of origin and force their governments to cooperate in "migrant
management". For example, in the recent EU summit in Seville it
was agreed that in future all EU agreements with non-EU states
are to: "include a clause on joint management of migration flows
and on compulsory readmission in the event of illegal
immigration" (para.33). This is to include those who are
"unlawfully present" in the EU, e.g.: own nationals of the third
country and people who may have passed through the third
country in transit. "In the event" that there is an: "unjustified lack
of cooperation" in joint management of migration flows, the EU
may apply direct pressure through agreements on trade, aid and
assistance coupled with political and diplomatic sanctions.(3)

Other steps taken to make it as difficult as possible for migrants
to enter EU countries have been the drive towards increased
security at external borders. At the Seville summit it was agreed
to establish, possibly within the next five years, an EU border
police force (to be called the European Union Corps of Border
Guards) to patrol shores, ports and crossing points against
"illegal" immigrants. This EU police force would have its own
uniform and badge and be drawn from all 15 member states. As a
step towards this, cooperation among the police and immigration
units of member states is to be increased immediately with the
creation of a special unit of heads of border control from member
states and the setting up of a network of liaison officers.

Thousands of people have died so far because of EU policies such
as these. According to UNITED, a European anti-racist network,
from 1993 to 2001 more than 2000 refugees and migrants died in
and around as a result of European refugee policies. Details of the
2042 cases are available from their website
(http://www.united.non-profit.nl/pages/List.htm). Anti Racist
Initiative Berlin also published a report documenting deaths and
injuries of refugees, in more than 3,400 individual cases, that
resulted directly and indirectly from Germany's refugee policy (4).
They record for example that 121 refugees had killed themselves
in the face of their pending deportation or died in the attempt to
flee their deportation; 47 of these people died in deportation

Increased Internal Policing/Intelligence

With regards EU asylum and immigration policy inside the EU,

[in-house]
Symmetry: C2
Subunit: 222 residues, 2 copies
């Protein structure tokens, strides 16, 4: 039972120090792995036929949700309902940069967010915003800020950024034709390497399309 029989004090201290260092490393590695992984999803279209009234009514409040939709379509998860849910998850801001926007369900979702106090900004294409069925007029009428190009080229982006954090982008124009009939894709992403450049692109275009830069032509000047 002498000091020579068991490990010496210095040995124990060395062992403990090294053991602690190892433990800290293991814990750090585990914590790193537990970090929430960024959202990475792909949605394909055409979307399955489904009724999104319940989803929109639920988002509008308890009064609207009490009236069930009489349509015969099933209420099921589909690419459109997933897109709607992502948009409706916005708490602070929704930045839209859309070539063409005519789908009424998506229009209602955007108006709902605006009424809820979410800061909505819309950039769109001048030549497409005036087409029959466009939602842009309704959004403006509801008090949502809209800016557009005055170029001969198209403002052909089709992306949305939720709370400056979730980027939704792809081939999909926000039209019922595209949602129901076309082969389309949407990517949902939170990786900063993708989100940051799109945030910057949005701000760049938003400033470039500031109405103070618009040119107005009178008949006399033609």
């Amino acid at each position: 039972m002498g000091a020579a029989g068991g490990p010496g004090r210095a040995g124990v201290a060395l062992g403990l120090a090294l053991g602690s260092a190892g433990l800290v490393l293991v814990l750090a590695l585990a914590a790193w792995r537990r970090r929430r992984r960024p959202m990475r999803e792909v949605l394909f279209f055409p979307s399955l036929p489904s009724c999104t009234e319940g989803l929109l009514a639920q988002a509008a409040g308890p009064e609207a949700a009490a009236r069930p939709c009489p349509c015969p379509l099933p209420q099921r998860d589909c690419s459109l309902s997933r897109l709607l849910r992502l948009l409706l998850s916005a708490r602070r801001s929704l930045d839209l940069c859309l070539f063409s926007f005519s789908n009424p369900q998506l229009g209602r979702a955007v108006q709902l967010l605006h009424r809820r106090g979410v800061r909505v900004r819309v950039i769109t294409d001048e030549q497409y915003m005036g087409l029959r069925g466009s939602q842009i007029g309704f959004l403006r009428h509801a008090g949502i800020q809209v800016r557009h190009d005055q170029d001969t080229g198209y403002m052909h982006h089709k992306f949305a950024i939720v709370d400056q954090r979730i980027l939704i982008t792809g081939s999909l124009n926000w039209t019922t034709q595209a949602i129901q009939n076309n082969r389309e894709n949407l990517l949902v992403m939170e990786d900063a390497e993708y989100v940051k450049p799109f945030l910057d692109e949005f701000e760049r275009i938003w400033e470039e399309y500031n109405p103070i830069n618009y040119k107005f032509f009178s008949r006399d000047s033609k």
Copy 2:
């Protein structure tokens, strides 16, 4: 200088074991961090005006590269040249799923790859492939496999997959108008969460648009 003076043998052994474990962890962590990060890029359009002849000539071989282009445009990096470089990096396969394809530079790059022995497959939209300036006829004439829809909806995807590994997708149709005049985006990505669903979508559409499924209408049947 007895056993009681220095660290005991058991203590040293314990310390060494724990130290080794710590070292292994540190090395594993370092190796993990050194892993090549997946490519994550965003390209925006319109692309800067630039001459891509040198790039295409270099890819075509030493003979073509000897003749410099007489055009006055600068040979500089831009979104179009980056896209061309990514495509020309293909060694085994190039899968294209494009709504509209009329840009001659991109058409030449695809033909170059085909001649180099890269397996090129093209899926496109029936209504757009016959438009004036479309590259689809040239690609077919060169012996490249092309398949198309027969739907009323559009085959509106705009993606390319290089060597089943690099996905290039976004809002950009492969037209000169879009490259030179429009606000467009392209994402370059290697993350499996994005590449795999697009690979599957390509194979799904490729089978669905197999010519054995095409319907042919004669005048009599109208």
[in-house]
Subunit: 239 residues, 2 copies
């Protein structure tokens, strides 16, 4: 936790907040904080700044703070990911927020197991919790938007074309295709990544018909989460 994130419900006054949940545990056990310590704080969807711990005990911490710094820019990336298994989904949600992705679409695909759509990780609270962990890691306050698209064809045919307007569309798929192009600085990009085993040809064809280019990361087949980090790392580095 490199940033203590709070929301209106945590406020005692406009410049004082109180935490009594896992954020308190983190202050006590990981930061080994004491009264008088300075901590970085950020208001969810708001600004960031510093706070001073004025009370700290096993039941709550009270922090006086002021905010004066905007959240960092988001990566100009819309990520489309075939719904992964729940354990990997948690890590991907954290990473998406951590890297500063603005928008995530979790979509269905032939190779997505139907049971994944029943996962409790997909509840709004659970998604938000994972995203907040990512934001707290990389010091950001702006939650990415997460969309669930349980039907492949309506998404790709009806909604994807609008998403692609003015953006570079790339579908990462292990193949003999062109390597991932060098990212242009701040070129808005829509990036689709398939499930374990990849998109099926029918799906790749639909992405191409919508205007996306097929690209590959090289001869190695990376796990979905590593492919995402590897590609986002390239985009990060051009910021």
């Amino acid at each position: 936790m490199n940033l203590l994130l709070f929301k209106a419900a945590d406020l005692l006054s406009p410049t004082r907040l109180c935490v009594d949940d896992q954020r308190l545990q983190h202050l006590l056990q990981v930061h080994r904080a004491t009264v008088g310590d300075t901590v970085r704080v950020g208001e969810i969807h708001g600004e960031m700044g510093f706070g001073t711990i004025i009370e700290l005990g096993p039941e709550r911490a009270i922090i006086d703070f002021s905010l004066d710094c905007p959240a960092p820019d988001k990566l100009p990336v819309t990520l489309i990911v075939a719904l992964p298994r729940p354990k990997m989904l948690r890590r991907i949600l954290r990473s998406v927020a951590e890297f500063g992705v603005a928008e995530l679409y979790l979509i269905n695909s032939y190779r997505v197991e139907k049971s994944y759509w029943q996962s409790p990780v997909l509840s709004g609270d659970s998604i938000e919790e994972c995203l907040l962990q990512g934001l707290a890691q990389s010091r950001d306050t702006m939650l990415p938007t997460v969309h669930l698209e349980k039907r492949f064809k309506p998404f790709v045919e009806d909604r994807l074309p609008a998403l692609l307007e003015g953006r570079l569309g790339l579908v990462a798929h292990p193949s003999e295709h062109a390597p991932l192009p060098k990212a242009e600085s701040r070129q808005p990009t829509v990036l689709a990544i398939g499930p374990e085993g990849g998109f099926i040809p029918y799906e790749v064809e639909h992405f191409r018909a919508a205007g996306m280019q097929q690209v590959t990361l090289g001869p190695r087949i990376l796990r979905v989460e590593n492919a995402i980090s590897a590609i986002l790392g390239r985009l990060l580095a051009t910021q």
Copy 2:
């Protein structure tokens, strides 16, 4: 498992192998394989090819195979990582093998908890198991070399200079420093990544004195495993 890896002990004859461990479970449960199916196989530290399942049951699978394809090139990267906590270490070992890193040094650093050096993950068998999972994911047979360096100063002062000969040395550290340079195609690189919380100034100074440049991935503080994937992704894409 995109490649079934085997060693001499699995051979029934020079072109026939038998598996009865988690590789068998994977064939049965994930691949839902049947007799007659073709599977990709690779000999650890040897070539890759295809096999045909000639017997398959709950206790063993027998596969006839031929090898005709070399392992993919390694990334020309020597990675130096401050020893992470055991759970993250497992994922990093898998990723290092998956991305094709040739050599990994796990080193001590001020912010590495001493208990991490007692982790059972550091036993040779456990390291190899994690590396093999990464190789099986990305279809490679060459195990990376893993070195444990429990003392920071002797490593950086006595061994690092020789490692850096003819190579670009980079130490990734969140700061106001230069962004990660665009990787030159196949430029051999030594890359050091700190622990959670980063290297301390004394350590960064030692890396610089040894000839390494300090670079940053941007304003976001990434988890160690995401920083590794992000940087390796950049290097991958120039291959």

the focus has been on increased surveillance, racist harassment
and control. The 1988 "Strategy Paper on Asylum and
Immigration Policy" presented by the then Austrian EU
presidency stated that control must cover "every step taken by a
third country national from the time he begins his journey to the
time he reaches his destination". The paper outlines clearly the
extent to which non-EU nationals are to be harassed and spied
upon, it recommends "security nets in areas whose geographic or
transport characteristics mean that they are particularly exposed,
spot checks in the hinterland, unprompted by suspicion, and
intensive cooperation on the part of the authorities beyond the
sphere of competence of the individual State".

Increasingly draconian measures are being taken to increase
police powers of surveillance. Since S11 there has been a drive to
extend the Schengen Information System and set up two new
databases one dealing specifically with protesters and the other
dealing with "foreigners". The aim is to facilitate the removal of
third country nationals who have not left the EU with the
"prescribed time frame". This database would be in effect a
register of all third country nationals in the EU who will be tagged
with an "alert" if they overstay their visa or residence permit.

It is EU policy to treat asylum seekers and refugees as criminals.
For example, in 2000 the proposal for a system for the
identification of asylum seekers (EURODAC) which involves
taking and comparing fingerprints of asylum-seekers, was
formally adopted by the European Council.

Why Fortress Europe?

No matter how tight controls at EU borders are, immigration to
the EU is inevitable and people fleeing persecution, war and
poverty, will continue to risk their lives trying to get into the EU
zone. However, by maintaining strict control over migration into
the EU and by turning down the vast majority of asylum requests,
thousands of immigrants are forced to live in Europe illegally.